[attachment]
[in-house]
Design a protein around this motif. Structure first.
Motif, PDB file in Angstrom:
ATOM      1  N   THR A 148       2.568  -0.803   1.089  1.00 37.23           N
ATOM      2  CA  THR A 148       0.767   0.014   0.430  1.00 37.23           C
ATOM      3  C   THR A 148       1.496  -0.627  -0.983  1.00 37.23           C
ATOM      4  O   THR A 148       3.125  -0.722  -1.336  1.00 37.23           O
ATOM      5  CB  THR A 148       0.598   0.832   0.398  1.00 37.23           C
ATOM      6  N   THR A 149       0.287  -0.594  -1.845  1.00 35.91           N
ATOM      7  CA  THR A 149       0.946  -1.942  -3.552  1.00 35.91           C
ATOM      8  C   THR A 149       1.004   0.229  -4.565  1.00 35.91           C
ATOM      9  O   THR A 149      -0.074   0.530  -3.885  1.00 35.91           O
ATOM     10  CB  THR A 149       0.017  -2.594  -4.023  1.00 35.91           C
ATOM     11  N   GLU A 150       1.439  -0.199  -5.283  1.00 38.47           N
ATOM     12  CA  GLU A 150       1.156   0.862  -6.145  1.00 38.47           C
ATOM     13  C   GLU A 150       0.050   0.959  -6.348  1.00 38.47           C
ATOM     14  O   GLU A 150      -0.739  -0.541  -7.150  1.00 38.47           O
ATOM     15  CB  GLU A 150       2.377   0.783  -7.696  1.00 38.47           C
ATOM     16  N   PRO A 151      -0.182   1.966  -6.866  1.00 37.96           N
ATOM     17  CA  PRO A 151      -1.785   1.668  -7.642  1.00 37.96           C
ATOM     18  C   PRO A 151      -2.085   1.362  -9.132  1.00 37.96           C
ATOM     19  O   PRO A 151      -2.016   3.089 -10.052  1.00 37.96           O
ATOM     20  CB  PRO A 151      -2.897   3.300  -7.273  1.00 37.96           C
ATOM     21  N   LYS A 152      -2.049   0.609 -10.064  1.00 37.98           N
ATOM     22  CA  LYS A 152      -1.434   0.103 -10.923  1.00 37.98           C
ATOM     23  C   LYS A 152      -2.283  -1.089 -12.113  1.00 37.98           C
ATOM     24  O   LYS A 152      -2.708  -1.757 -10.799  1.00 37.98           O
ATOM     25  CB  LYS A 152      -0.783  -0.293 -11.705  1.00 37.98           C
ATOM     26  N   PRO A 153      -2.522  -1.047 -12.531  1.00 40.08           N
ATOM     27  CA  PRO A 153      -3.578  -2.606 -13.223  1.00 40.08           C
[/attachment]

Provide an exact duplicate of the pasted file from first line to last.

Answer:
[in-house]
Design a protein around this motif. Structure first.
Motif, PDB file in Angstrom:
ATOM      1  N   THR A 148       2.568  -0.803   1.089  1.00 37.23           N
ATOM      2  CA  THR A 148       0.767   0.014   0.430  1.00 37.23           C
ATOM      3  C   THR A 148       1.496  -0.627  -0.983  1.00 37.23           C
ATOM      4  O   THR A 148       3.125  -0.722  -1.336  1.00 37.23           O
ATOM      5  CB  THR A 148       0.598   0.832   0.398  1.00 37.23           C
ATOM      6  N   THR A 149       0.287  -0.594  -1.845  1.00 35.91           N
ATOM      7  CA  THR A 149       0.946  -1.942  -3.552  1.00 35.91           C
ATOM      8  C   THR A 149       1.004   0.229  -4.565  1.00 35.91           C
ATOM      9  O   THR A 149      -0.074   0.530  -3.885  1.00 35.91           O
ATOM     10  CB  THR A 149       0.017  -2.594  -4.023  1.00 35.91           C
ATOM     11  N   GLU A 150       1.439  -0.199  -5.283  1.00 38.47           N
ATOM     12  CA  GLU A 150       1.156   0.862  -6.145  1.00 38.47           C
ATOM     13  C   GLU A 150       0.050   0.959  -6.348  1.00 38.47           C
ATOM     14  O   GLU A 150      -0.739  -0.541  -7.150  1.00 38.47           O
ATOM     15  CB  GLU A 150       2.377   0.783  -7.696  1.00 38.47           C
ATOM     16  N   PRO A 151      -0.182   1.966  -6.866  1.00 37.96           N
ATOM     17  CA  PRO A 151      -1.785   1.668  -7.642  1.00 37.96           C
ATOM     18  C   PRO A 151      -2.085   1.362  -9.132  1.00 37.96           C
ATOM     19  O   PRO A 151      -2.016   3.089 -10.052  1.00 37.96           O
ATOM     20  CB  PRO A 151      -2.897   3.300  -7.273  1.00 37.96           C
ATOM     21  N   LYS A 152      -2.049   0.609 -10.064  1.00 37.98           N
ATOM     22  CA  LYS A 152      -1.434   0.103 -10.923  1.00 37.98           C
ATOM     23  C   LYS A 152      -2.283  -1.089 -12.113  1.00 37.98           C
ATOM     24  O   LYS A 152      -2.708  -1.757 -10.799  1.00 37.98           O
ATOM     25  CB  LYS A 152      -0.783  -0.293 -11.705  1.00 37.98           C
ATOM     26  N   PRO A 153      -2.522  -1.047 -12.531  1.00 40.08           N
ATOM     27  CA  PRO A 153      -3.578  -2.606 -13.223  1.00 40.08           C